During persistent infection, optimal expression of bacterial factors is required to match the ever-changing host environment. The gastric pathogen Helicobacter pylori has a large set of simple sequence repeats (SSR), which constitute contingency loci. Through a slipped strand mispairing mechanism, the SSRs generate heterogeneous populations that facilitate adaptation. Here, we present a model that explains, in molecular terms, how an intergenically located T-tract, via slipped strand mispairing, operates with a rheostat-like function, to fine-tune activity of the promoter that drives expression of the sialic acid binding adhesin, SabA. Using T-tract variants, in an isogenic strain background, we show that the length of the T-tract generates multiphasic output from the sabA promoter. Consequently, this alters the H. pylori binding to sialyl-Lewis x receptors on gastric mucosa. Fragment length analysis of post-infection isolated clones shows that the T-tract length is a highly variable feature in H. pylori. This mirrors the host-pathogen interplay, where the bacterium generates a set of clones from which the best-fit phenotypes are selected in the host. In silico and functional in vitro analyzes revealed that the length of the T-tract affects the local DNA structure and thereby binding of the RNA polymerase, through shifting of the axial alignment between the core promoter and UP-like elements. We identified additional genes in H. pylori, with T- or A-tracts positioned similar to that of sabA, and show that variations in the tract length likewise acted as rheostats to modulate cognate promoter output. Thus, we propose that this generally applicable mechanism, mediated by promoter-proximal SSRs, provides an alternative mechanism for transcriptional regulation in bacteria, such as H. pylori, which possesses a limited repertoire of classical trans-acting regulatory factors.

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  • 914.
    Ådén, Jörgen
    et al.
    Umeå University, Faculty of Science and Technology, Department of Chemistry.
    Ul Mushtaq, Ameeq
    Umeå University, Faculty of Science and Technology, Department of Chemistry.
    Dingeldein, Artur P. G.
    Umeå University, Faculty of Science and Technology, Department of Chemistry.
    Wallgren, Marcus
    Umeå University, Faculty of Medicine, Department of Medical Biochemistry and Biophysics.
    Gröbner, Gerhard
    Umeå University, Faculty of Science and Technology, Department of Chemistry.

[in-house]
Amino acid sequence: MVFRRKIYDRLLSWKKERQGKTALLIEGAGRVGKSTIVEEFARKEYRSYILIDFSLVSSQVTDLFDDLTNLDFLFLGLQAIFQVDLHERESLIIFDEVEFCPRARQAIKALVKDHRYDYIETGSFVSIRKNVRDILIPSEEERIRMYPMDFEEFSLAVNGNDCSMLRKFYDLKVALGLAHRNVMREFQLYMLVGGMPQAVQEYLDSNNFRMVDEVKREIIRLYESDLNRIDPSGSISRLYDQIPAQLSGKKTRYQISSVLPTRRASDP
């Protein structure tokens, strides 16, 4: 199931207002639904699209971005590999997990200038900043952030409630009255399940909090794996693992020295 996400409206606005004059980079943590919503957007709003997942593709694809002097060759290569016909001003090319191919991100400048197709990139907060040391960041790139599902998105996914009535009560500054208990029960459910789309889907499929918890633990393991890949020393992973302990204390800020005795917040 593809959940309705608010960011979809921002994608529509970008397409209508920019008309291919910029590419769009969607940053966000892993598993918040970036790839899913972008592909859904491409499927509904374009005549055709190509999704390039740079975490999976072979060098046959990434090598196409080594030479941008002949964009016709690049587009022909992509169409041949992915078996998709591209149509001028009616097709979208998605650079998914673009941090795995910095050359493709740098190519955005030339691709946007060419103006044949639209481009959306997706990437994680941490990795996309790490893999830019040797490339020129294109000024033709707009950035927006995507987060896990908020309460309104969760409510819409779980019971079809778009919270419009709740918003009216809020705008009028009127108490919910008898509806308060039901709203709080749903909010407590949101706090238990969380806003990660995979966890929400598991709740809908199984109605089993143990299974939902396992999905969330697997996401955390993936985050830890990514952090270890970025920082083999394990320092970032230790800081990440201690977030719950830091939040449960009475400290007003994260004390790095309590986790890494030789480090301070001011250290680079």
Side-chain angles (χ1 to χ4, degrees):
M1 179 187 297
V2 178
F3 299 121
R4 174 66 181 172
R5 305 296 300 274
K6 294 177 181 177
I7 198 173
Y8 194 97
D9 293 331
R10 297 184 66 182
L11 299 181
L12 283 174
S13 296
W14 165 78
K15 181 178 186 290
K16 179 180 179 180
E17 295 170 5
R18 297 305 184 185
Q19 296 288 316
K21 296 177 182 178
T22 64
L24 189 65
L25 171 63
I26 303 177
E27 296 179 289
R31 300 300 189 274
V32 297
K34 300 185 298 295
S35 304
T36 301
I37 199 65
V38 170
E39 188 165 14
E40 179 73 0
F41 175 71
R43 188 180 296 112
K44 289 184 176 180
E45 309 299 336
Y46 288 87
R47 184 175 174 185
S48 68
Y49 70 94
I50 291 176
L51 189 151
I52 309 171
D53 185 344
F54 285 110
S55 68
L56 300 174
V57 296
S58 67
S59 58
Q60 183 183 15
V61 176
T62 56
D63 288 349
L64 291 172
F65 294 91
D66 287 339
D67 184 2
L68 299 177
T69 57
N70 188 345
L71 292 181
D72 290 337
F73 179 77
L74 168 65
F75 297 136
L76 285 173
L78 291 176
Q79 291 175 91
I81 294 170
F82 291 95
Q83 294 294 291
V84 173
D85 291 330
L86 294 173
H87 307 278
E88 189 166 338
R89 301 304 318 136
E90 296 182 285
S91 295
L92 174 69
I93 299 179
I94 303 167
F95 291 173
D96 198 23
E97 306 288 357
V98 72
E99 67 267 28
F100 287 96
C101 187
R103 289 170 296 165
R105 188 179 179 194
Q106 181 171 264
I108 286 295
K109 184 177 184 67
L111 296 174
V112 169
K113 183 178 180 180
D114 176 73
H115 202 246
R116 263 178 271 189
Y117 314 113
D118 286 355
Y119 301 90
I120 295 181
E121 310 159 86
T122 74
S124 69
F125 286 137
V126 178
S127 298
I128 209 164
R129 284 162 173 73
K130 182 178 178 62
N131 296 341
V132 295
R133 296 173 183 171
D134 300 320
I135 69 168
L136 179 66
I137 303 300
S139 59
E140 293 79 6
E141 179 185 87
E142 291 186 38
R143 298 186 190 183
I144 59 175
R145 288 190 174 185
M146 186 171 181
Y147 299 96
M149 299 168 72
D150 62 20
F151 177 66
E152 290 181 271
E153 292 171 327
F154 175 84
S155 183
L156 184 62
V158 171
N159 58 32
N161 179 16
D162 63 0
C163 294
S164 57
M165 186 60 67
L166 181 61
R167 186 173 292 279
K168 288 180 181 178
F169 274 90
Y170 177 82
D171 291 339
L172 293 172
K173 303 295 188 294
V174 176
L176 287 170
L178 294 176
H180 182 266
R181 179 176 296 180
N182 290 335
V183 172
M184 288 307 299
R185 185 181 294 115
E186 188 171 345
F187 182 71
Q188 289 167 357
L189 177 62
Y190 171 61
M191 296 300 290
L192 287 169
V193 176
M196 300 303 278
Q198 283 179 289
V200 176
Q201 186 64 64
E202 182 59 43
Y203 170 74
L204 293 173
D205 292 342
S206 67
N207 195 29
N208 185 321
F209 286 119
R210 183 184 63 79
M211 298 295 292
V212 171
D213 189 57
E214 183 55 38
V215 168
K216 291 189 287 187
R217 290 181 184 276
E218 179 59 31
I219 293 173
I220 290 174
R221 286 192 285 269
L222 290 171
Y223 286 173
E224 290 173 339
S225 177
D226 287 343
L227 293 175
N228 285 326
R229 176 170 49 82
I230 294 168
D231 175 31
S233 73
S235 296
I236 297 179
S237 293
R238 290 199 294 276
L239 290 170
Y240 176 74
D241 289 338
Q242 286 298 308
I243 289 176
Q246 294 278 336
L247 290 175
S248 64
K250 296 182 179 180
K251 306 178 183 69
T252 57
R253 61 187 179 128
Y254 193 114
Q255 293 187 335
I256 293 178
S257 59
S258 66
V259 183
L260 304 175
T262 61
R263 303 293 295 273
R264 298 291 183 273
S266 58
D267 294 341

A novel recombinant expression and purification approach for the full-length anti-apoptotic membrane protein Bcl-22020In: Protein Expression and Purification, ISSN 1046-5928, E-ISSN 1096-0279, Vol. 172, article id 105628Article in journal (Refereed)
    Abstract [en]

    Programmed cell death (apoptosis) is an essential mechanism in life that tightly regulates embryogenesis and removal of harmful cells. Besides an extrinsic pathway, an intrinsic (mitochondrial) apoptotic pathway exists where mitochondria are actively involved in cellular clearance in response to internal stress signals. Pro-apoptotic (death) and anti-apoptotic (survival) members of the B cell CLL/lymphoma-2 (Bcl-2) protein family meet at the mitochondrion's surface where they accurately regulate apoptosis. Overexpression of the anti-apoptotic Bcl-2 protein is a hallmark for many types of cancers and in particular for many treatment resistant tumors. Bcl-2 is a membrane protein residing in the mitochondrial outer membrane. Due to its typical membrane protein features including very limited solubility, it is difficult to express and to purify. Therefore, most biophysical and structural studies have used truncated, soluble versions. However, to understand its membrane-coupled function and structure, access to sufficient amount of full-length human Bcl-2 protein is a necessity. Here, we present a novel, E. coli based approach for expression and purification of preparative amounts of the full-length human isoform 2 of Bcl-2 (Bcl-2(2)), solubilized in detergent micelles, which allows for easy exchange of the detergent.